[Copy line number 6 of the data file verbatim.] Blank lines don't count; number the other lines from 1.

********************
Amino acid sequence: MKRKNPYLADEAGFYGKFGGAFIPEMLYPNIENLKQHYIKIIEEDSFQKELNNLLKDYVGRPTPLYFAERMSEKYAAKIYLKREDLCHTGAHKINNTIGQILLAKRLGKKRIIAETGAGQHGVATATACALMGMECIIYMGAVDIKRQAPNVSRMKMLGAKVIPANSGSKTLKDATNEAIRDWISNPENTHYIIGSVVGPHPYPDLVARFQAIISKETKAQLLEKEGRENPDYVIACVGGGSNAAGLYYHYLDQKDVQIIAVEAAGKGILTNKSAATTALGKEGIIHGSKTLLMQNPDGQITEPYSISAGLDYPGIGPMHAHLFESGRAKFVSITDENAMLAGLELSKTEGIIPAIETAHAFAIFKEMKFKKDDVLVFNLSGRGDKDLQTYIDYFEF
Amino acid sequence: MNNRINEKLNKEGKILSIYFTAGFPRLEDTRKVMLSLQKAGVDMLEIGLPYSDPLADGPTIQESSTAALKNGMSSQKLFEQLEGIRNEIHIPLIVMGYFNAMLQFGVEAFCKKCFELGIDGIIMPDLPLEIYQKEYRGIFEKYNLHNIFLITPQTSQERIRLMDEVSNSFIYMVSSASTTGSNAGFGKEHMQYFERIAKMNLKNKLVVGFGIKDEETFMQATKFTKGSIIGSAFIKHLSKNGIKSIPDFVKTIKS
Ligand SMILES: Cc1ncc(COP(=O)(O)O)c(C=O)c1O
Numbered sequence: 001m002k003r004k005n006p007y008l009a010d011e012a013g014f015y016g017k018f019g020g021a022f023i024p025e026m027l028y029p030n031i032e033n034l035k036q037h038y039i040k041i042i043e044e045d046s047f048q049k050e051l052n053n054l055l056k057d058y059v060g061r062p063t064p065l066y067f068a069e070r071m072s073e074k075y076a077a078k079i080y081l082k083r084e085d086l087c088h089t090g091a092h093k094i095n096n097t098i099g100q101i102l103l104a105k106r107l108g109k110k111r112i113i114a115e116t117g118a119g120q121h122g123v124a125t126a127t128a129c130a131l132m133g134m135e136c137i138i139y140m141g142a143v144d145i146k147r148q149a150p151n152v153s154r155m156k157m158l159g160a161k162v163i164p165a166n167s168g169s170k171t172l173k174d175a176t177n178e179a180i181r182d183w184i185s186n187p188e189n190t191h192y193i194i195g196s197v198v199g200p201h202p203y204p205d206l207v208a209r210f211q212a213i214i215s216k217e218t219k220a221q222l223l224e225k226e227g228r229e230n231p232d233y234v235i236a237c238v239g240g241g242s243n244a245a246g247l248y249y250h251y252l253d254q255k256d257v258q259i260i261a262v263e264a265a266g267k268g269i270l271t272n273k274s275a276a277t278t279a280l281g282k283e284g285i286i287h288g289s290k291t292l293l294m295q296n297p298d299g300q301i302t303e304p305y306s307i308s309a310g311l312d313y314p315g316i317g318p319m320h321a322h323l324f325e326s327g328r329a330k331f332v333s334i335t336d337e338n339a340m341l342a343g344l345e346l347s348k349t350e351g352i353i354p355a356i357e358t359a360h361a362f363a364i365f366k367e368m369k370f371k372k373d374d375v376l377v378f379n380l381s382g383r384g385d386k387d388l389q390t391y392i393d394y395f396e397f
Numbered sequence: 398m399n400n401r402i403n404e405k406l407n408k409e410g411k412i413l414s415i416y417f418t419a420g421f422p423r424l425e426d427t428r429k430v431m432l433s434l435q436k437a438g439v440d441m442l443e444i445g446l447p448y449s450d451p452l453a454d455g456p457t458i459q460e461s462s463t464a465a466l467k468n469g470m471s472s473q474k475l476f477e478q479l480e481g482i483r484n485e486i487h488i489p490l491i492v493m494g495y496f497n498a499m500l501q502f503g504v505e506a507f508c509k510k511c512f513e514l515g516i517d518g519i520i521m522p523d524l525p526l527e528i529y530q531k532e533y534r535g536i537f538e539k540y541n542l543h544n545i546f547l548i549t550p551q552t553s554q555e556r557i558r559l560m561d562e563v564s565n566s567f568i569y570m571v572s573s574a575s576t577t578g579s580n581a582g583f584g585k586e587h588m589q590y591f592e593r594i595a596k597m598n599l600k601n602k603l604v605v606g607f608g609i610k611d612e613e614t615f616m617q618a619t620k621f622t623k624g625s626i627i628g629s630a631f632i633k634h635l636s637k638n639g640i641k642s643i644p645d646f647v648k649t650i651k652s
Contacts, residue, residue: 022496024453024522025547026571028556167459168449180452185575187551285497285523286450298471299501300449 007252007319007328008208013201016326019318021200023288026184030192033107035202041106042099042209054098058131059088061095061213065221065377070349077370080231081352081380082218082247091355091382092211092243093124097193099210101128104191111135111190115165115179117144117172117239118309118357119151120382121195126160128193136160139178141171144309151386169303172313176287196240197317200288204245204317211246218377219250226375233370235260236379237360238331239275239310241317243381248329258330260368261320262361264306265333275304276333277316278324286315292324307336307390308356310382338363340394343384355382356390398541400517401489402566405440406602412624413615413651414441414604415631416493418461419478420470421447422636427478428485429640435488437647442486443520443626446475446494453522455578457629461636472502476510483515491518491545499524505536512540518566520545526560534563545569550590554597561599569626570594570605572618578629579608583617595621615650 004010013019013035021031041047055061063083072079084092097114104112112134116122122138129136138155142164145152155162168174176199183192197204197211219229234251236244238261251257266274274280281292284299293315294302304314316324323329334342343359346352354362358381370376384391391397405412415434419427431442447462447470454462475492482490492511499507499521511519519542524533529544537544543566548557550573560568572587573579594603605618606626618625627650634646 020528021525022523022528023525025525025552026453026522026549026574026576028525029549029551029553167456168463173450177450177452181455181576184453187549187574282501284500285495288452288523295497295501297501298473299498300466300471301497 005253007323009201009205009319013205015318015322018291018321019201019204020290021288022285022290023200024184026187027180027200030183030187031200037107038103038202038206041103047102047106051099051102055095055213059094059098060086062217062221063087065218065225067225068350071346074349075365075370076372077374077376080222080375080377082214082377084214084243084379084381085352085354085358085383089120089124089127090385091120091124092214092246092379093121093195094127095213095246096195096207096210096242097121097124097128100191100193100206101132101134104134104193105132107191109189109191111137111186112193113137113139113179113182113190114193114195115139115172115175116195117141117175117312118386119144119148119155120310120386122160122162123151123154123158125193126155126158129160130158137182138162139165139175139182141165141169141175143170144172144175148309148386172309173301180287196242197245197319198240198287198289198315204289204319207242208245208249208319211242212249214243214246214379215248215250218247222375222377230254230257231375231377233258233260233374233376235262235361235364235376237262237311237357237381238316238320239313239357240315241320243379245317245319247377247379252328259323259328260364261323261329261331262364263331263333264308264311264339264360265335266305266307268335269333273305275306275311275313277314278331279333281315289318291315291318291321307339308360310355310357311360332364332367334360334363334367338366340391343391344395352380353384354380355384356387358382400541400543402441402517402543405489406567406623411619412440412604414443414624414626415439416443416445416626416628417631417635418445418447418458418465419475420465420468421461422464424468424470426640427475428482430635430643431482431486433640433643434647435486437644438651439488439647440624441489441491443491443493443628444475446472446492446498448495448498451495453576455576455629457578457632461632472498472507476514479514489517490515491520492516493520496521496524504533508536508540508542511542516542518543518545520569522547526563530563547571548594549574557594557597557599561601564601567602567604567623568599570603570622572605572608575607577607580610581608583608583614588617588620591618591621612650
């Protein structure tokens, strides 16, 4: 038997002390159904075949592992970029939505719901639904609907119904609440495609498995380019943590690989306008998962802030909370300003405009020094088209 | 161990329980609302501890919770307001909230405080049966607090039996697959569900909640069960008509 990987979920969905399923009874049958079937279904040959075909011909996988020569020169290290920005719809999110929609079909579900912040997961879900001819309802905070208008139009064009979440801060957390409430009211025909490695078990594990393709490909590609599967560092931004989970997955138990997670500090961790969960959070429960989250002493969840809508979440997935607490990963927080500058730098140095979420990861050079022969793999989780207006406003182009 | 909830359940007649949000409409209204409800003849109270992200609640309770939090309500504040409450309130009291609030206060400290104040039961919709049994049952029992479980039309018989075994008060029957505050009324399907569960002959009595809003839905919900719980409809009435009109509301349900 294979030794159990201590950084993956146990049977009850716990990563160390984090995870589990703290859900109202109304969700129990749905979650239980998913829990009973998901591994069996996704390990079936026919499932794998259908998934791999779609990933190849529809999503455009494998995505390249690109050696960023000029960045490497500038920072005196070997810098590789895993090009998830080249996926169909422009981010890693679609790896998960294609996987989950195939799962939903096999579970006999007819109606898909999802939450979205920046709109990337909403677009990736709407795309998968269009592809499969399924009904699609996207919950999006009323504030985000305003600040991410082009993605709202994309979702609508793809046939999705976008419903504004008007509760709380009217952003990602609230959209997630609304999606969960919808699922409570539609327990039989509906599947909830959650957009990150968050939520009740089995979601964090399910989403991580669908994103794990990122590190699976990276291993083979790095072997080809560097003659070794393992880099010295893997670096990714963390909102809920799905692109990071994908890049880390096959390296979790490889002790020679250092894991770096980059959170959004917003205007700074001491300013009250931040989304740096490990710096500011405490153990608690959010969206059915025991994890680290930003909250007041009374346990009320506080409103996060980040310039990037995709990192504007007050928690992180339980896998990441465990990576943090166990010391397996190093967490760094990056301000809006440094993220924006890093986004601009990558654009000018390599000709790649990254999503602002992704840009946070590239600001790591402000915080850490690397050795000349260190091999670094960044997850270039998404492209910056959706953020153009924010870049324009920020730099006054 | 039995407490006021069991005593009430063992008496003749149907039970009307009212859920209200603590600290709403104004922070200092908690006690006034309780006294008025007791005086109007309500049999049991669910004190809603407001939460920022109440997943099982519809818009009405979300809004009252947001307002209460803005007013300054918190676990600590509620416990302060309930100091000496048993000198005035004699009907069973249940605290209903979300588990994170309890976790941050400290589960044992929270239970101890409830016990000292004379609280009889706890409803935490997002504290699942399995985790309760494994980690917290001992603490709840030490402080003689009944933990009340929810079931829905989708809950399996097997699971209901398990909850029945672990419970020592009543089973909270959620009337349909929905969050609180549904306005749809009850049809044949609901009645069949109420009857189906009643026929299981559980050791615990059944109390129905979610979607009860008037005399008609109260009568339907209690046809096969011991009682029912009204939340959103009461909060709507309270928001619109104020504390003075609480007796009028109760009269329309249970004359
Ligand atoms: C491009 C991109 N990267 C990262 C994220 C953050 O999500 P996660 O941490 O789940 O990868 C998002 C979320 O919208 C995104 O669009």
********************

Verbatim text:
Contacts, residue, residue: 022496024453024522025547026571028556167459168449180452185575187551285497285523286450298471299501300449 007252007319007328008208013201016326019318021200023288026184030192033107035202041106042099042209054098058131059088061095061213065221065377070349077370080231081352081380082218082247091355091382092211092243093124097193099210101128104191111135111190115165115179117144117172117239118309118357119151120382121195126160128193136160139178141171144309151386169303172313176287196240197317200288204245204317211246218377219250226375233370235260236379237360238331239275239310241317243381248329258330260368261320262361264306265333275304276333277316278324286315292324307336307390308356310382338363340394343384355382356390398541400517401489402566405440406602412624413615413651414441414604415631416493418461419478420470421447422636427478428485429640435488437647442486443520443626446475446494453522455578457629461636472502476510483515491518491545499524505536512540518566520545526560534563545569550590554597561599569626570594570605572618578629579608583617595621615650 004010013019013035021031041047055061063083072079084092097114104112112134116122122138129136138155142164145152155162168174176199183192197204197211219229234251236244238261251257266274274280281292284299293315294302304314316324323329334342343359346352354362358381370376384391391397405412415434419427431442447462447470454462475492482490492511499507499521511519519542524533529544537544543566548557550573560568572587573579594603605618606626618625627650634646 020528021525022523022528023525025525025552026453026522026549026574026576028525029549029551029553167456168463173450177450177452181455181576184453187549187574282501284500285495288452288523295497295501297501298473299498300466300471301497 005253007323009201009205009319013205015318015322018291018321019201019204020290021288022285022290023200024184026187027180027200030183030187031200037107038103038202038206041103047102047106051099051102055095055213059094059098060086062217062221063087065218065225067225068350071346074349075365075370076372077374077376080222080375080377082214082377084214084243084379084381085352085354085358085383089120089124089127090385091120091124092214092246092379093121093195094127095213095246096195096207096210096242097121097124097128100191100193100206101132101134104134104193105132107191109189109191111137111186112193113137113139113179113182113190114193114195115139115172115175116195117141117175117312118386119144119148119155120310120386122160122162123151123154123158125193126155126158129160130158137182138162139165139175139182141165141169141175143170144172144175148309148386172309173301180287196242197245197319198240198287198289198315204289204319207242208245208249208319211242212249214243214246214379215248215250218247222375222377230254230257231375231377233258233260233374233376235262235361235364235376237262237311237357237381238316238320239313239357240315241320243379245317245319247377247379252328259323259328260364261323261329261331262364263331263333264308264311264339264360265335266305266307268335269333273305275306275311275313277314278331279333281315289318291315291318291321307339308360310355310357311360332364332367334360334363334367338366340391343391344395352380353384354380355384356387358382400541400543402441402517402543405489406567406623411619412440412604414443414624414626415439416443416445416626416628417631417635418445418447418458418465419475420465420468421461422464424468424470426640427475428482430635430643431482431486433640433643434647435486437644438651439488439647440624441489441491443491443493443628444475446472446492446498448495448498451495453576455576455629457578457632461632472498472507476514479514489517490515491520492516493520496521496524504533508536508540508542511542516542518543518545520569522547526563530563547571548594549574557594557597557599561601564601567602567604567623568599570603570622572605572608575607577607580610581608583608583614588617588620591618591621612650